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Lecture 6

HIST 1220 Lecture Notes - Lecture 6: Trail Of Broken Treaties, City Newspaper, Judith Sargent Murray

Course Code
HIST 1220

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Pick up from previous class, September 16, 2016
Jewish migration to the United States was different from other people's because Jewish people
were more apt to relocate as families. 43% of Jews who arrived here in the in the late 19th early
20th century were women and they were more apt to relocate geminately. From 1889-1924: 1.8
million Jews came to the United States only 93 thousands returned. A vast majority of them
stayed. And a lot of that was connected to the religious persecution of Jews in Eastern Europe
and Russia. In 1882 when zhar Alexander II was assassinated just as Jews had been blamed
throughout history for things that they actually had no involvement in, a lot of finger pointing in
Russia that Jews were behind the assassination and they were thrown in prison or relocated
into ghettos. So to escape all of that, many would make the choice to leave and leave forever.
With few of them returning, the really had no place that they could truly call home.
Now immigration took place very quickly, making cities very overcrowded. By 1900 over. 80% of
the population in cities were made up by immigrants. Now, in New York City most newcomers
ended up residing in what were known as Row Houses. That would be row after row after row
of tenement dwellings. A stereotypical Row House was about 20 feet wide, looking at in from
the font and about 80 feet in depth and about 3-4 stories high. Windows in the front, windows
in the back but along the 80 foot stretches what separated one 3-4 row house from another
was a brick wall. So no windows, no lighting on the sides, no fresh air. If you got stuck living in
the middle units, you had no access to direct sunlight or fresh air. Now, eventually building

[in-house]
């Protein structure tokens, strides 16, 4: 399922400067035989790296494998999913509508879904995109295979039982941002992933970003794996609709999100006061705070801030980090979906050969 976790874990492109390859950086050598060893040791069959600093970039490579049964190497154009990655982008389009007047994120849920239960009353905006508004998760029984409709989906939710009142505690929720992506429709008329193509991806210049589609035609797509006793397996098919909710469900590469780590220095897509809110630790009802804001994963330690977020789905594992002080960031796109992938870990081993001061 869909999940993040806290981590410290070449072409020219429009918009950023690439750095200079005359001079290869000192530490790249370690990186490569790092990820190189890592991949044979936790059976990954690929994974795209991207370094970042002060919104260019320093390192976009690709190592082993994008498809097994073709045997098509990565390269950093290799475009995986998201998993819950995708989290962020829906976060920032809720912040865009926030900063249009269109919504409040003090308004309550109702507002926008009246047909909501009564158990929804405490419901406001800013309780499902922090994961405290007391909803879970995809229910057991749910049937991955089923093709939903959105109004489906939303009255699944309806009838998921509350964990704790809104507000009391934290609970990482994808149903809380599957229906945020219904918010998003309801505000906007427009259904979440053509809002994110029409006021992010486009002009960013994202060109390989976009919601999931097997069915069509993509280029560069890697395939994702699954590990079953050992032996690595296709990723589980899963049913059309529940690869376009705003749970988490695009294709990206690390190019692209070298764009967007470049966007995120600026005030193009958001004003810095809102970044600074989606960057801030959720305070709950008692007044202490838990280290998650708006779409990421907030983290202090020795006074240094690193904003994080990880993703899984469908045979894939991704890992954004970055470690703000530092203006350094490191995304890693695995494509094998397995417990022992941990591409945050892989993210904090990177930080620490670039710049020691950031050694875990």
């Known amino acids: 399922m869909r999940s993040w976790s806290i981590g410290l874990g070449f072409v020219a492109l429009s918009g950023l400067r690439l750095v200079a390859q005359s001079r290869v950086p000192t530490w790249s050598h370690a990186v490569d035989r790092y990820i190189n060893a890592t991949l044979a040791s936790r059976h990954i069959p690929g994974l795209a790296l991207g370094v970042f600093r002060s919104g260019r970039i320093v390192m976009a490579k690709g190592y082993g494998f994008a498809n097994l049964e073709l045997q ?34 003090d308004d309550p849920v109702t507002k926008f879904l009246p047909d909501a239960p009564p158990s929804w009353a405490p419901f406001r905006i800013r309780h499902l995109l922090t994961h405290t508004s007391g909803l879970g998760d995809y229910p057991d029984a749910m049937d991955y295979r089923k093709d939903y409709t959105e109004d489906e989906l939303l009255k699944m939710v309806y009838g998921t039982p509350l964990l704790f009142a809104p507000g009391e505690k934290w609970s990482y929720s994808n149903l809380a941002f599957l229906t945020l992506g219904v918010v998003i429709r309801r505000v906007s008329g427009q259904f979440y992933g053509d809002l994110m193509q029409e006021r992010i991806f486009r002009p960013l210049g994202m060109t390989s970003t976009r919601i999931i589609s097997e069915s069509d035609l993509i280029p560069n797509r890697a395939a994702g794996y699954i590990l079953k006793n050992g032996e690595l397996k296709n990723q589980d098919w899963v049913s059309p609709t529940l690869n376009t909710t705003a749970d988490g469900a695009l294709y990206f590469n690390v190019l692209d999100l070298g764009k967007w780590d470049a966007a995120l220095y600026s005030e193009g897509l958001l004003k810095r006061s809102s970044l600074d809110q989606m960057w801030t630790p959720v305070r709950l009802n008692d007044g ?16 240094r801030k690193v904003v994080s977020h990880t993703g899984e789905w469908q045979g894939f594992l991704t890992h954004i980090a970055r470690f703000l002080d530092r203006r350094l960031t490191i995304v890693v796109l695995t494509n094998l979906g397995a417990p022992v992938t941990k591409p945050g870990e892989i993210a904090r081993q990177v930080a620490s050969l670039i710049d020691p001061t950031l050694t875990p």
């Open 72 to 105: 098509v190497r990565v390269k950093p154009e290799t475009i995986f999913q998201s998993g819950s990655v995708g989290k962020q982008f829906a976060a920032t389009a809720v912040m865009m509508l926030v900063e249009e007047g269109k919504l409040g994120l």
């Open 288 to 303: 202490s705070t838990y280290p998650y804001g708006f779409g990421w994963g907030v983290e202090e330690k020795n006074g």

reforms would take place in cities, trying to resolve any housing issues. One of the reforms was
decided that on future Row House construction was that they put a 2-3 foot alleyway to
separate those 3-4 story dwellings. That way there could be Windows giving the residence
access to fresh air and sunlight. This sounded like a good idea but usually the alleyways were
the location of raw sewage and rubbish would build up, in many cases making it worse. Those
Row Houses were designed to house 50 people, in many cases ended up housing 150-200
Now, smell in those urban settings was gross as well. For example, by 1900, there were still 3.5
million horses found on city streets. Each of them extracted about twenty points of manure
daily and a gallon of urine daily. An average American back then produced twice as much trash
as an average European. Newcomers to the United States attempted to relocate to
neighborhoods of the same people from where they came. So, in New York City: Little Italy, Jew
Town, Chinatown etc. that would help ease the relocation to the United States, living among
the people of the same decent: speaking the same language, praying to the same God, eating
the same foods, drank the same beverages, wore the same style clothing. It could also help
those newcomers find employment as well.
One of the new things many newcomers had a hard time adjusting to was working like
Americans did at the time. Americans had that Calvinist work ethic, getting up early in the
morning, working until noontime, having a quick lunch and work the afternoon and at the end
of the day had their main meal. Many newcomers came from backgrounds where they ease
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